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Renault Megane Sport Tourer estate (2016-2022) - Engines, drive & performance

The Renault Megane Sport Tourer is comfortable, but it doesn’t engage like some rivals

Carbuyer Rating

3.2 out of 5

Owners Rating

2.3 out of 5

Read owner reviews
Engines, drive & performance Rating

2.5 out of 5

The Megane Sport Tourer doesn’t wander very far from the driving experience provided by its hatchback sibling. It uses the same petrol and diesel engines and, although it’s a slightly bigger, heavier car, the differences in performance are marginal. Also, since the hatchback can’t claim to offer the most razor-sharp responses in its class, the ST’s bulkier body does little to negatively affect the driving experience.

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This isn’t a criticism, though. Although it’s seen as something to celebrate when a car can truly reward an enthusiastic driver, responsive steering and lean-free cornering can sometimes come at the cost of passenger comfort – and this is something the Sport Tourer serves up in generous helpings. Indeed, for much of the time, when a car is merely carrying a family and its baggage in fuss-free safety, sportiness doesn’t really come into it. We assume the name Sport Tourer refers to the car’s ability to haul bulky lifestyle accessories, like bicycles and climbing gear, rather than any racetrack prowess.

It’s fair to say that both the Ford Focus Estate and SEAT Leon Estate are more able to satisfy demanding drivers, though. The steering of the Renault is slightly too light to suit spirited driving and feels rather vague in small movements – it can be tightened up a bit if you use the Sport driving mode, but the changes feel artificial and don’t achieve a lot. It leans a bit more in corners than a Focus, too.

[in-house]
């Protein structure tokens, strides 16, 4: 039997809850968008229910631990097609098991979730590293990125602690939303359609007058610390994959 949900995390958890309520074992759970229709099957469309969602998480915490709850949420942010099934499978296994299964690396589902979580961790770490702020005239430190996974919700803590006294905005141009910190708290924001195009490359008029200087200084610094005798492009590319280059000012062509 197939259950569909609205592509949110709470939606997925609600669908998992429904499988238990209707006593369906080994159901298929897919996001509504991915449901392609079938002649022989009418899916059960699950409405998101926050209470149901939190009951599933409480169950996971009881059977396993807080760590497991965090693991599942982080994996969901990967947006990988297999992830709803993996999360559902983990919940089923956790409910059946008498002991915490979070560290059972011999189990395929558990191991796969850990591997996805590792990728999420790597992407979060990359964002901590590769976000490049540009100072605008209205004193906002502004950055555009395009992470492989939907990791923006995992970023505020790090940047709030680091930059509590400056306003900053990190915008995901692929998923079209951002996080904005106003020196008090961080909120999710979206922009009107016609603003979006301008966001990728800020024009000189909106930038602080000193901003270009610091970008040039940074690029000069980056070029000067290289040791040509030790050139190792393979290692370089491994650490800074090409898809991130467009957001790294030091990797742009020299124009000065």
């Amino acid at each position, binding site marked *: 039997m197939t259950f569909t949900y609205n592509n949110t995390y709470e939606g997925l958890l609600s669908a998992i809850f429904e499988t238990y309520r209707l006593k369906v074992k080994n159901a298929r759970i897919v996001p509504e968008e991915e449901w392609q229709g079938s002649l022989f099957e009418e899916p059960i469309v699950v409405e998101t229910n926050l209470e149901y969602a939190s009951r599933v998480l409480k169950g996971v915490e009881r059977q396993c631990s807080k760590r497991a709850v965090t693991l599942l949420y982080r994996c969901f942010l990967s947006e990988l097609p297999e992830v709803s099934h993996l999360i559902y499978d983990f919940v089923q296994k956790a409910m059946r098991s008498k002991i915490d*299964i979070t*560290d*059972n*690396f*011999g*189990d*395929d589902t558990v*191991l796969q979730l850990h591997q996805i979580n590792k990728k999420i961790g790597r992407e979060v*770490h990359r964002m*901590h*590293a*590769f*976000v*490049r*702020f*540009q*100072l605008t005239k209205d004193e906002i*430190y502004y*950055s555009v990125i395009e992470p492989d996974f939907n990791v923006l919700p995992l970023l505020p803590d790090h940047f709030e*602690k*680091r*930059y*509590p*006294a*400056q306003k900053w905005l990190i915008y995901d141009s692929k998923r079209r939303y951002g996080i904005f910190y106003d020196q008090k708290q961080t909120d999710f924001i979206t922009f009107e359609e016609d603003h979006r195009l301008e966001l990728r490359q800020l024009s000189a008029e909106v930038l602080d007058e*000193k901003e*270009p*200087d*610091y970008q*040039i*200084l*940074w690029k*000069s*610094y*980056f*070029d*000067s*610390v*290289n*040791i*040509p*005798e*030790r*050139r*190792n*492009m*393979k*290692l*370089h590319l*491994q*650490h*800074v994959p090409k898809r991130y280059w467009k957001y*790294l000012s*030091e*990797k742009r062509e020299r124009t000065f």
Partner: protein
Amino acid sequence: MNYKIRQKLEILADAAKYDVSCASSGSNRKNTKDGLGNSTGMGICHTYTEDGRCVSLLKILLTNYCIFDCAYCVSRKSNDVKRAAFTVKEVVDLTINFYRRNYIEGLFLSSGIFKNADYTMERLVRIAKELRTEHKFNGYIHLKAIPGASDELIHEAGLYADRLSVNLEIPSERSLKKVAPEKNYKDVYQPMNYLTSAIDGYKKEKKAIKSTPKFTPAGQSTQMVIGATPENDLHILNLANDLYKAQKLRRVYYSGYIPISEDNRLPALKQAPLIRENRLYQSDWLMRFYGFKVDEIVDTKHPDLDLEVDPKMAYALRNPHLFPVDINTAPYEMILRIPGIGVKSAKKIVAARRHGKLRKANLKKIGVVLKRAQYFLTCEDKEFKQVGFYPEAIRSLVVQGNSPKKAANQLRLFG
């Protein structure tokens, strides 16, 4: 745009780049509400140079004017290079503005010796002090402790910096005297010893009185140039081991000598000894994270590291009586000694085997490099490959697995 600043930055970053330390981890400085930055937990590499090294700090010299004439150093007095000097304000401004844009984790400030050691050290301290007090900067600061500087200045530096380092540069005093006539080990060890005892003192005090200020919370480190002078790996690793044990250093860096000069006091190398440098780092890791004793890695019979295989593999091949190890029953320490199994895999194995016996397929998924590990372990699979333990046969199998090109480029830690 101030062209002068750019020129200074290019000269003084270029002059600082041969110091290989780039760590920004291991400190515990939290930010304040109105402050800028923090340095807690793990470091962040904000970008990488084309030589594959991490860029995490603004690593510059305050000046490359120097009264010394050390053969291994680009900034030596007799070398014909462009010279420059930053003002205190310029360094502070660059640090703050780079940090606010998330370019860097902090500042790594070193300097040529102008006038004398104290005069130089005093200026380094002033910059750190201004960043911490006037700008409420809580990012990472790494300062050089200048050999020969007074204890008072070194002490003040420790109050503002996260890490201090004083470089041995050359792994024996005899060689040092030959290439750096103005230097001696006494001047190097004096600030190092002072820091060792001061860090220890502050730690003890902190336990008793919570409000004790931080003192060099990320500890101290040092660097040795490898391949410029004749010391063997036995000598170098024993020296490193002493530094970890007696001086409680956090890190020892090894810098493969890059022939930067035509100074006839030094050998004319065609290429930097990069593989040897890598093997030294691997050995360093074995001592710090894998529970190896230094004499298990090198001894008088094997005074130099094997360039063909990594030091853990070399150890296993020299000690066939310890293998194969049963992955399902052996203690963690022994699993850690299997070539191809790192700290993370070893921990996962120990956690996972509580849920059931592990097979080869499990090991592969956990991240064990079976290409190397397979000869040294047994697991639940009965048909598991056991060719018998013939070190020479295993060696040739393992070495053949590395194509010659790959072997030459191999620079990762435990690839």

Renault Megane Sport Tourer diesel engines

We found the six-speed manual gearbox easy to use, although it can’t match the slickness of the VW Group transmission used by the SEAT Leon and Skoda Octavia. The clutch pedal is well weighted, though and doesn’t incite fatigue like on some manual cars.

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The dCi 115 diesel has a sluggish 11.4-second 0-62mph time, so you’ll probably miss the extra performance of a bigger engine. However, if you cover high mileage but spend a lot of your time in congested areas, you may find it suits just fine. The six-speed automatic actually manages 0-62mph half a second quicker and doesn’t dent fuel economy too badly.

Petrol engines

The 1.2-litre TCe 140 petrol won’t set the world on fire with its on-paper performance – 0-62mph takes 9.7 seconds as a manual or a whisker slower in seven-speed automatic form. But most drivers will find that this engine is perfectly fine for everyday driving. Being turbocharged, there’s plenty of power when you need it for overtaking and it’s a far quieter engine than either of the diesels.

Hybrid engines

The Megane E-Tech is fitted with a 1.6-litre petrol engine, two electric motors and a battery, giving it up to 158bhp. This makes it the most powerful model in the line-up but it's also the heaviest, so its 9.8-second dash from 0-62mph is no faster than the TCe 140 petrol. In electric only driving, there's enough torque to make the E-Tech feel swift enough in urban environments, and this extra shove also gives the petrol engine a helping hand in hybrid mode.

However, the switch between electric and petrol power isn't always very smooth, often with a noticeable jerk or dip in power. It's a shame, as the Megane naturally feels more refined when running in EV mode. Weighing around 250kg more than the petrol Sport Tourer, some agility is lost in corners but, apart from the occasional upset over bumps, the suspension serves up a comfortable ride.

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